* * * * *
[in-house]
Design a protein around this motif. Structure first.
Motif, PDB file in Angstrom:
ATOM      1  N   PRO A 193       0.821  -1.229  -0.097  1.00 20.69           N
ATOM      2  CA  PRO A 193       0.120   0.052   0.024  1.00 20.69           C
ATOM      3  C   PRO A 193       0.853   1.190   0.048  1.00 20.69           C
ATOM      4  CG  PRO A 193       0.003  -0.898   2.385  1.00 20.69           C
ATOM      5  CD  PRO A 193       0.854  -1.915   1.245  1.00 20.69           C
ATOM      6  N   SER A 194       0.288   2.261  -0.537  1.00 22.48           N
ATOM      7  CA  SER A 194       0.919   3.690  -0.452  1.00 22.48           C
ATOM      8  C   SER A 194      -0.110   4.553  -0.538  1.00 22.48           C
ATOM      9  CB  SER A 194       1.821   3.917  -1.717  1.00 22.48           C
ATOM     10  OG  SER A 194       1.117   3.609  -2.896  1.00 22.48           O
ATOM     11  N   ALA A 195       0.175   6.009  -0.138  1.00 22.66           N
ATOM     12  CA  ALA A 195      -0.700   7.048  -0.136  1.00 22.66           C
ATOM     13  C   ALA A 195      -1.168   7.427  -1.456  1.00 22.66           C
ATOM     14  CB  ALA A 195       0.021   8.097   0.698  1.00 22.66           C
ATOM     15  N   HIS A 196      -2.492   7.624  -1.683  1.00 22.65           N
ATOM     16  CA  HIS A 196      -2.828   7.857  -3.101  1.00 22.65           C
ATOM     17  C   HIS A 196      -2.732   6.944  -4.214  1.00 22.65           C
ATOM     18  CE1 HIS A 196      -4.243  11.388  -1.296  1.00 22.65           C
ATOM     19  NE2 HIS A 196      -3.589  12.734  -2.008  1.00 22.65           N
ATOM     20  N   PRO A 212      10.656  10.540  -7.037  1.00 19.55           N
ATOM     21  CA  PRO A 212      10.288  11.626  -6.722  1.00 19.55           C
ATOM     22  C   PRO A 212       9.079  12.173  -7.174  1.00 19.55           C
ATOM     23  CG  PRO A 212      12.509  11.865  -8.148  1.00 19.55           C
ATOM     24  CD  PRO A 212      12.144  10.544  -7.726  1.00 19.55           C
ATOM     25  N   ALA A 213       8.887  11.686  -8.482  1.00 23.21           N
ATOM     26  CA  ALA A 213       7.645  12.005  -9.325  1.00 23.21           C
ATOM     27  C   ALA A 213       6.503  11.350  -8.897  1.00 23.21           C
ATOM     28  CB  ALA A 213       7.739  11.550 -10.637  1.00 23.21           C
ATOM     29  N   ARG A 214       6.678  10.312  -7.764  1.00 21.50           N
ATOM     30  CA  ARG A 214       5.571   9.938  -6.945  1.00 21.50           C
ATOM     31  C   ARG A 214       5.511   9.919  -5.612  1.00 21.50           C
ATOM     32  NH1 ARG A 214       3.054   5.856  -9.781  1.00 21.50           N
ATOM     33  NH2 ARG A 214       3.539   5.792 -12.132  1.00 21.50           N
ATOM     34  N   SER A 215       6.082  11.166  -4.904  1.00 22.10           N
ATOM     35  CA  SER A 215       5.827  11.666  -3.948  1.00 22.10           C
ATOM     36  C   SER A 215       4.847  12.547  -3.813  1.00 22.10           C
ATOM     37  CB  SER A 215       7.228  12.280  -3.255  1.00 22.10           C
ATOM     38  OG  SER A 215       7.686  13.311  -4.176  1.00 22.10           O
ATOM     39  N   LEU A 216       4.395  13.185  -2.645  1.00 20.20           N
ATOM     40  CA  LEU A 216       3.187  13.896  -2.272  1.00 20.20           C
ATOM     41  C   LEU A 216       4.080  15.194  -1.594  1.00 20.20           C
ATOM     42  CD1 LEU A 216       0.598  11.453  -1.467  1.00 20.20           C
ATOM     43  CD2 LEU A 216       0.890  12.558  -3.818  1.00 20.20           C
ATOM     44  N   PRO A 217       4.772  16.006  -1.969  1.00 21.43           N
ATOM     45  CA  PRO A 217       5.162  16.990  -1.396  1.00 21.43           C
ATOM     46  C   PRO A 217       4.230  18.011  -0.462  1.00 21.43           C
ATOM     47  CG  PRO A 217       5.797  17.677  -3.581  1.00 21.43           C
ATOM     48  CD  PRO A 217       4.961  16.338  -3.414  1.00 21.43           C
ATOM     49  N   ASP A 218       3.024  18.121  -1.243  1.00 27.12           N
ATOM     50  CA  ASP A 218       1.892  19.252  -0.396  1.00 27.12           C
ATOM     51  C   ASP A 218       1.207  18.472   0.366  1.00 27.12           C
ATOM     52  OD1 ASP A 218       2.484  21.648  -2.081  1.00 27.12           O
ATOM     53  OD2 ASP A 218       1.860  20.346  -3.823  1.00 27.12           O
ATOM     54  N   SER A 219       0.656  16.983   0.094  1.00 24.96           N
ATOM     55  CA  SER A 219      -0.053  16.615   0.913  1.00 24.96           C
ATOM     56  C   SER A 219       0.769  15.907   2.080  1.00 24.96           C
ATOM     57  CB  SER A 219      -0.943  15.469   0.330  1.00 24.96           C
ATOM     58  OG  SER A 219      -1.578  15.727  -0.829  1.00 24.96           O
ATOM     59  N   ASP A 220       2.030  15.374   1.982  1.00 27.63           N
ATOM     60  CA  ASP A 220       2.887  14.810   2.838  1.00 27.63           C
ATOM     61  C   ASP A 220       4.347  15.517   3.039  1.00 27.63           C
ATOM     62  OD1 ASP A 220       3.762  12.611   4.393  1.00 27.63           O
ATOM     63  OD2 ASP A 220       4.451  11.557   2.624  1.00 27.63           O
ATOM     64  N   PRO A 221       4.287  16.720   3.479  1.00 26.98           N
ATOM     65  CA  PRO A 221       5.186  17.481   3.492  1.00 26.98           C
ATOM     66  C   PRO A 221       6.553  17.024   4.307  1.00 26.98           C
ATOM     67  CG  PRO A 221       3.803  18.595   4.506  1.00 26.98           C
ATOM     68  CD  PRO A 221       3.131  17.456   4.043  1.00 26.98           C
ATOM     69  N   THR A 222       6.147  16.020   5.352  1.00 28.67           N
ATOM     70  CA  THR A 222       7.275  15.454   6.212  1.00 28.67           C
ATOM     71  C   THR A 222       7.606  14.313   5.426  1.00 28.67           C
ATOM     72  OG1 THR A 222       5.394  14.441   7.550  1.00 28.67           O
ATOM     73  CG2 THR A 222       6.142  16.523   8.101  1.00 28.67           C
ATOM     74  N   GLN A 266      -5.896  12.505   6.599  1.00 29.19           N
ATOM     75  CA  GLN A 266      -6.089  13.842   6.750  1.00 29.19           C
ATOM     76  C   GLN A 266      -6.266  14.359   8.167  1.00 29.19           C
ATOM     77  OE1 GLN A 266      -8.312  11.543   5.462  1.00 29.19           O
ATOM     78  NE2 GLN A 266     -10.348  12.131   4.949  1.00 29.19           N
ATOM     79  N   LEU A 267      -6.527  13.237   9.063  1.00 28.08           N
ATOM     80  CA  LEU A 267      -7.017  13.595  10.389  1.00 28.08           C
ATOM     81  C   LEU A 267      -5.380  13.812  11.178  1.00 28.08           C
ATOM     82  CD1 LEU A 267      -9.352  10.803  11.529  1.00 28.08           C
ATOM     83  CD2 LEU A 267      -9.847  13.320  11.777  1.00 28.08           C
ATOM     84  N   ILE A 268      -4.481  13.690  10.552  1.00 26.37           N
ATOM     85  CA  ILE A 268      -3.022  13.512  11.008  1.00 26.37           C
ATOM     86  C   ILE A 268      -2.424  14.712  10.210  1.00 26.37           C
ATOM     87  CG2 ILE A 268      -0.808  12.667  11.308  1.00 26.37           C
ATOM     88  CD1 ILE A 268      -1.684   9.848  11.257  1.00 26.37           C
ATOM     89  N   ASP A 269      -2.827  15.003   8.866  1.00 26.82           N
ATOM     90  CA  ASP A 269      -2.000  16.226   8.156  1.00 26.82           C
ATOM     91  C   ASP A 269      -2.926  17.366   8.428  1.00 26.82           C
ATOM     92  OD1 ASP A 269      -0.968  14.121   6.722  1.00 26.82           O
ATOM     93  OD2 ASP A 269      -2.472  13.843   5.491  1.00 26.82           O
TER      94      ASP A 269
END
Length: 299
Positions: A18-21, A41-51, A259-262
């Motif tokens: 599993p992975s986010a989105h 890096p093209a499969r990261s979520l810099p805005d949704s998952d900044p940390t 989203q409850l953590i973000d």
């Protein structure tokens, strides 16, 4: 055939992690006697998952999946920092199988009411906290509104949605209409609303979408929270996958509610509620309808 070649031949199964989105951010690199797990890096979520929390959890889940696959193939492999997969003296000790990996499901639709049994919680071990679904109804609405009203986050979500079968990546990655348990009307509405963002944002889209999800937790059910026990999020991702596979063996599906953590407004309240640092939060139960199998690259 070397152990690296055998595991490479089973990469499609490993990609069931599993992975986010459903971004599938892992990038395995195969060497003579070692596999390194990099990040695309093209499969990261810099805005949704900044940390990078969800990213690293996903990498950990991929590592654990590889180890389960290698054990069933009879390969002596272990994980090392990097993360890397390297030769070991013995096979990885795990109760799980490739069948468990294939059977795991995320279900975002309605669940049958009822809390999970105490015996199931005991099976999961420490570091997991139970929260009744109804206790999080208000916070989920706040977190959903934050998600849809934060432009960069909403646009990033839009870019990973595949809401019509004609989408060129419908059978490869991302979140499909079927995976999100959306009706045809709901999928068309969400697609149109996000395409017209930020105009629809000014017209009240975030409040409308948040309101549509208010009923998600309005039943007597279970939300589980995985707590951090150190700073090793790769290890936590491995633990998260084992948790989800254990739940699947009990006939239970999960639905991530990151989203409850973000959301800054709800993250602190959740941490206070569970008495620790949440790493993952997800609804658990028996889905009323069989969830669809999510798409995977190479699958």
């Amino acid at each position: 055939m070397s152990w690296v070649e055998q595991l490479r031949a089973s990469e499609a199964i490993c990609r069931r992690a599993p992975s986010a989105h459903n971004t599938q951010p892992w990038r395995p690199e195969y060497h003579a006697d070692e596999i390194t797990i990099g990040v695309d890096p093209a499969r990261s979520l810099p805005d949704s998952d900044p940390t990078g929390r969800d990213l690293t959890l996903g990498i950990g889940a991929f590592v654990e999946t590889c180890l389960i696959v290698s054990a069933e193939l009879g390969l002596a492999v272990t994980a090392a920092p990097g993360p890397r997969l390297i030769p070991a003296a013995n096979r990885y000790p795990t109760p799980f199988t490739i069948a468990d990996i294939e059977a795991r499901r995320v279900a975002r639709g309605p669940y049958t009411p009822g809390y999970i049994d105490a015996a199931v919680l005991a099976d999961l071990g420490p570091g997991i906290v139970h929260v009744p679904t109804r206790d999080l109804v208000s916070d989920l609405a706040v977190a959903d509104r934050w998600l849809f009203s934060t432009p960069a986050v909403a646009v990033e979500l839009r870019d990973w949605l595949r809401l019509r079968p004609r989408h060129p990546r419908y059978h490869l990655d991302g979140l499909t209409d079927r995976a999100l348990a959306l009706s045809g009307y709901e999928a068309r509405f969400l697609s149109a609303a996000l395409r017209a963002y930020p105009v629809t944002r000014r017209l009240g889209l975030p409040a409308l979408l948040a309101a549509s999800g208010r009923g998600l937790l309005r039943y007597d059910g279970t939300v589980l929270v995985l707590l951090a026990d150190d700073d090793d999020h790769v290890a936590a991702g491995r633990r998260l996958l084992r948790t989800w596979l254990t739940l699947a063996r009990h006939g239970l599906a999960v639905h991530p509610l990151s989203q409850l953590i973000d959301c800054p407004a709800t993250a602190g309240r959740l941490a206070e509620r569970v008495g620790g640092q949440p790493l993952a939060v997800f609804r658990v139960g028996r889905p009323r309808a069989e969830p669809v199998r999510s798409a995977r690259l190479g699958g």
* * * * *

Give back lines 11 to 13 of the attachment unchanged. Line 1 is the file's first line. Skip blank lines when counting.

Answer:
ATOM      8  C   SER A 194      -0.110   4.553  -0.538  1.00 22.48           C
ATOM      9  CB  SER A 194       1.821   3.917  -1.717  1.00 22.48           C
ATOM     10  OG  SER A 194       1.117   3.609  -2.896  1.00 22.48           O